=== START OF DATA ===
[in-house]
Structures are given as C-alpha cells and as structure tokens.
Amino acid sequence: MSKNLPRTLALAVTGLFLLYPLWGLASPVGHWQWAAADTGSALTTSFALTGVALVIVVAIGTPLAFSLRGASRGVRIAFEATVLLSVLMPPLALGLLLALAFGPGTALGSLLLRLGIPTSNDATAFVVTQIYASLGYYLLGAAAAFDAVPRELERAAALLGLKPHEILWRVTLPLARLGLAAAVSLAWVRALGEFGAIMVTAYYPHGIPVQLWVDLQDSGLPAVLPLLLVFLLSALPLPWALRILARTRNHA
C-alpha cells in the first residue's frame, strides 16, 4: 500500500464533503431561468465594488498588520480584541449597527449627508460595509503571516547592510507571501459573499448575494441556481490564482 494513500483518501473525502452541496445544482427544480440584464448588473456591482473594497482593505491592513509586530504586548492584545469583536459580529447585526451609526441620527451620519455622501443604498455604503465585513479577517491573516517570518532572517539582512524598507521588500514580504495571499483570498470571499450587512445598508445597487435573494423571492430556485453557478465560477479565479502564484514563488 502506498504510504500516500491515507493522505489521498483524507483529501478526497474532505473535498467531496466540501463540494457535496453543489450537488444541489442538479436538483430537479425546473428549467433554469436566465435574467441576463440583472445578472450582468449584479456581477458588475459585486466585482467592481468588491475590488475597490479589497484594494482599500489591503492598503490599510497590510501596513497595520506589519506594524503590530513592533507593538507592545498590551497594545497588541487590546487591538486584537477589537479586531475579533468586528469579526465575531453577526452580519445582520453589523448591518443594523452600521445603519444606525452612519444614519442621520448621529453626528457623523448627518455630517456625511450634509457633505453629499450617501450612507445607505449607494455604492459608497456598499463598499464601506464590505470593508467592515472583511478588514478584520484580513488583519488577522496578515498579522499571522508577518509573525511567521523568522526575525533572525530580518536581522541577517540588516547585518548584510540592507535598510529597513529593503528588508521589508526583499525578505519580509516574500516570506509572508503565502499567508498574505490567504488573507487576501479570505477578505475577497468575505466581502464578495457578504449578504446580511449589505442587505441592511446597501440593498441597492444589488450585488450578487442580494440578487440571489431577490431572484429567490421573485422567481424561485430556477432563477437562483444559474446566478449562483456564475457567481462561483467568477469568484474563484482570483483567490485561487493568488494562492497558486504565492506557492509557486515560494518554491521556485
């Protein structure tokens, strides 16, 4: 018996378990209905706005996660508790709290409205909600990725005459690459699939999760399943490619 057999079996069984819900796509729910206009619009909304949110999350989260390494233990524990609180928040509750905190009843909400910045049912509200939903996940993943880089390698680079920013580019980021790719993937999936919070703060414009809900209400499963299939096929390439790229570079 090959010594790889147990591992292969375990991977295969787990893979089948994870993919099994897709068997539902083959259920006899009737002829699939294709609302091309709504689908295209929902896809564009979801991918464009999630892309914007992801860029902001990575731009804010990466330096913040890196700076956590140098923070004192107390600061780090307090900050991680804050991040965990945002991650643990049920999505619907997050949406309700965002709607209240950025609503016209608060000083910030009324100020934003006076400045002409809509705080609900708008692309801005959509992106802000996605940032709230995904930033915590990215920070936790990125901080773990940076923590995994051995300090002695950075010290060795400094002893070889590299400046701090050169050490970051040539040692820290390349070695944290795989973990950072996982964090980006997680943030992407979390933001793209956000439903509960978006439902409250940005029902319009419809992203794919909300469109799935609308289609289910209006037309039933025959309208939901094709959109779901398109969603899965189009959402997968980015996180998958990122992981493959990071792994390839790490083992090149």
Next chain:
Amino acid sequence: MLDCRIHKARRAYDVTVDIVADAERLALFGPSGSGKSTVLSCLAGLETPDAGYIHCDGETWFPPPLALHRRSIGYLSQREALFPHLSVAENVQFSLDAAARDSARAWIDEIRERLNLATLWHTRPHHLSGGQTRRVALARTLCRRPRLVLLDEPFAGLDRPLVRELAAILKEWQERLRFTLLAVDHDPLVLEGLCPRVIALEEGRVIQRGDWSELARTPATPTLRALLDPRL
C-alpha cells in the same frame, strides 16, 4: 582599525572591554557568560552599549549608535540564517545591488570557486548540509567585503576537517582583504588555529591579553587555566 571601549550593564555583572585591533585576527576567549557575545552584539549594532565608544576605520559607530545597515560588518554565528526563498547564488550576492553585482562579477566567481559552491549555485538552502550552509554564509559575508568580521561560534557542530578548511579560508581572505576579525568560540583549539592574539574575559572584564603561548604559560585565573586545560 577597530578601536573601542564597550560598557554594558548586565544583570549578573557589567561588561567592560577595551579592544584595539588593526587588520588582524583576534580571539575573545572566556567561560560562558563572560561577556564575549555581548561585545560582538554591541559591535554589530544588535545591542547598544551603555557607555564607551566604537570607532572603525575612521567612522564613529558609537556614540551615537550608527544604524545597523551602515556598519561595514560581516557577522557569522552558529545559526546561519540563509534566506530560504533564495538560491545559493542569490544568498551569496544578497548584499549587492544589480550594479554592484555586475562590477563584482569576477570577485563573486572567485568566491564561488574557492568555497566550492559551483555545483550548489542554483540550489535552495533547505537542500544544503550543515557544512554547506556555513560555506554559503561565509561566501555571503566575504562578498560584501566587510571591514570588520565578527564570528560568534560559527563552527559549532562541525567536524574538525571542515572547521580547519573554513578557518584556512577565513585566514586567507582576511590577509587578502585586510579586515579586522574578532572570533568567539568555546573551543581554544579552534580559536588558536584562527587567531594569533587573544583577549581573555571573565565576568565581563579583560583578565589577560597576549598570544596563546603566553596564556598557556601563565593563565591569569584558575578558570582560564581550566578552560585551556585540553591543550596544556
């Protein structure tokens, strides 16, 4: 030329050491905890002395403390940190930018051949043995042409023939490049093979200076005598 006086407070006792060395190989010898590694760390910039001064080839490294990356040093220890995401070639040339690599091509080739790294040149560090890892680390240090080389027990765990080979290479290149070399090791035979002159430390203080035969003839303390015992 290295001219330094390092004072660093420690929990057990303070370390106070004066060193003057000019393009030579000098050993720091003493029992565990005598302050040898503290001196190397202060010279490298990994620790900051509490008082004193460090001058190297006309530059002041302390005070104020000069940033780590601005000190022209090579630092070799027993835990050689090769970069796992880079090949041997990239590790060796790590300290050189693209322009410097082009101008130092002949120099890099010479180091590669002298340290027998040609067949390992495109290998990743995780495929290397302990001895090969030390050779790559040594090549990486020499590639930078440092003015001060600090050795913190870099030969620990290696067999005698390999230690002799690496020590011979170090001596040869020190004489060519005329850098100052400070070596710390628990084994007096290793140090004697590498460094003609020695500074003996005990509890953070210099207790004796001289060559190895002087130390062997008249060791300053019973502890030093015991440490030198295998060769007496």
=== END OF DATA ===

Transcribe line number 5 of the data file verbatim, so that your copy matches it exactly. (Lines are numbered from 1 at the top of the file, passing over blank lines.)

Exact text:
């Protein structure tokens, strides 16, 4: 018996378990209905706005996660508790709290409205909600990725005459690459699939999760399943490619 057999079996069984819900796509729910206009619009909304949110999350989260390494233990524990609180928040509750905190009843909400910045049912509200939903996940993943880089390698680079920013580019980021790719993937999936919070703060414009809900209400499963299939096929390439790229570079 090959010594790889147990591992292969375990991977295969787990893979089948994870993919099994897709068997539902083959259920006899009737002829699939294709609302091309709504689908295209929902896809564009979801991918464009999630892309914007992801860029902001990575731009804010990466330096913040890196700076956590140098923070004192107390600061780090307090900050991680804050991040965990945002991650643990049920999505619907997050949406309700965002709607209240950025609503016209608060000083910030009324100020934003006076400045002409809509705080609900708008692309801005959509992106802000996605940032709230995904930033915590990215920070936790990125901080773990940076923590995994051995300090002695950075010290060795400094002893070889590299400046701090050169050490970051040539040692820290390349070695944290795989973990950072996982964090980006997680943030992407979390933001793209956000439903509960978006439902409250940005029902319009419809992203794919909300469109799935609308289609289910209006037309039933025959309208939901094709959109779901398109969603899965189009959402997968980015996180998958990122992981493959990071792994390839790490083992090149």